Shillady and Texas (1919)

Shillady and Texas (1919)

There was once a man who said that if he owned Hell and Texas, he would prefer to rent out Texas and live in Hell. He may have exaggerated, but he had some supporting facts: Texas was settled by white Southerners in order to extend slave territory; it was forcibly stolen from Mexico in 1837, largely because Mexico tried to abolish slavery in 1829. Thereupon Texas became a center of the African slave trade and the “most shameful violations” of United States slave trade laws were perpetrated through Texas. During the years of Texan independence slaves were rushed in at the rate of 15,000 or more a year and the annexation of Texas and the Mexican War were movements to extend Negro slavery.

Out of this past has risen the present Texas. In that state the first public burning alive of a Negro took place, at Paris. Since 1889 Texas has lynched 338 human beings—standing second only to Georgia and Mississippi in this horrible eminence.

Notwithstanding this, the Texas Negro has forged forward. Encouraged by his first great leader, Norris Wright Cuney, he has bought 21,182 farms with nearly two million acres of land, worth $25,000,000. Starting with nothing fifty years ago nearly one-third of these black folk are now land owners.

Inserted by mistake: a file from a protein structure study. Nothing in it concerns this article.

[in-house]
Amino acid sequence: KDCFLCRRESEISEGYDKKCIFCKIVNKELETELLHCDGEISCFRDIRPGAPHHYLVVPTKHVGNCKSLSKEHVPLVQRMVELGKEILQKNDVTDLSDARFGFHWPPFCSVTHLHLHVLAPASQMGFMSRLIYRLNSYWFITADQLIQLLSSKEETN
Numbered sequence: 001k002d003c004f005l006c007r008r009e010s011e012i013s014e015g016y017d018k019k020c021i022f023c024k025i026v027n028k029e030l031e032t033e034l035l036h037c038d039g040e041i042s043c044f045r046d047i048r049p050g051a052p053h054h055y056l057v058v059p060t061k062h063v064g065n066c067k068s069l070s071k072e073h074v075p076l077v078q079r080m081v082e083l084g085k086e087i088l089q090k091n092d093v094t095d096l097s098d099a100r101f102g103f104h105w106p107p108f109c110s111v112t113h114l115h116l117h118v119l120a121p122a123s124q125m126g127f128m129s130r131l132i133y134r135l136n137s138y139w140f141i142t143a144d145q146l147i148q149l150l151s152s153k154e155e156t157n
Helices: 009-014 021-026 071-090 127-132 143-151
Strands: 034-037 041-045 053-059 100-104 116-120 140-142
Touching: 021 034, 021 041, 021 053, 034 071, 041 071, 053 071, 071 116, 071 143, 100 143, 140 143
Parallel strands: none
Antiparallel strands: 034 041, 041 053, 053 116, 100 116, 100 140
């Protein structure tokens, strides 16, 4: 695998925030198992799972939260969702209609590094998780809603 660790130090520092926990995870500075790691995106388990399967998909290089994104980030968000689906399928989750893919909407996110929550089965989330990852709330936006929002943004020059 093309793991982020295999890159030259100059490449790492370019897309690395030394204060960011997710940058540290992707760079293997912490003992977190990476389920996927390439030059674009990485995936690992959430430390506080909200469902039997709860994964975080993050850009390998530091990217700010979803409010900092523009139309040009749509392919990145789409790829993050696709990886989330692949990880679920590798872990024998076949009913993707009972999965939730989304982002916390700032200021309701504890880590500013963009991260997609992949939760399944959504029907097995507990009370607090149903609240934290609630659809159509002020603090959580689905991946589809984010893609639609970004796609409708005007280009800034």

To reward the Negroes for their thrift and struggles Texas gives them no voice in their own government, taxes them without representation and enforces “Jim-Crow” travel, more irksome than in any other state because of the immense Texas distances. The Negro schools of Texas are better than in many Southern States and there are forty-four high schools for the 690,049 Negroes of the state, but 25 per cent of the Negro population is still absolutely illiterate and according to the white Houston Post: “The rural schools for Negro children where they exist at all are a joke.”

Is it not natural for the Negroes of such a state to endeavor to escape slavery?

They turned to the N.A.A.C.P. quite without solicitation. We made no special effort to organize branches in Texas, but 7,000 black Texans joined us to help make twelve million Americans “physically free from peonage, mentally free from ignorance, politically free from disfranchisement and socially free from insult.”

Is this revolution? Is this “stirring up trouble?” It is—in Texas, and to stop it a number of Texas gentlemen leaped on one unsuspecting, unarmed man and beat him nearly into unconsciousness, because he had come to their state to confer with colored and white people in the interests of this organization.

Mr. Shillady is a gentleman of training and experience, known to social workers all over the land. He was set upon by a judge, a constable and other officials, who have openly boasted their lawlessness and have been upheld by the Governor of the State.

This is Texas. This is the dominant white South. This is the answer of the Coward and the Brute to Reason and Prayer. This is the thing that America must conquer before it is civilized, and as long as Texas is this kind of Hell, civilization in America is impossible.

Citation: Du Bois, W.E.B. 1919. “Shillady and Texas.” The Crisis. 18(6):283–284.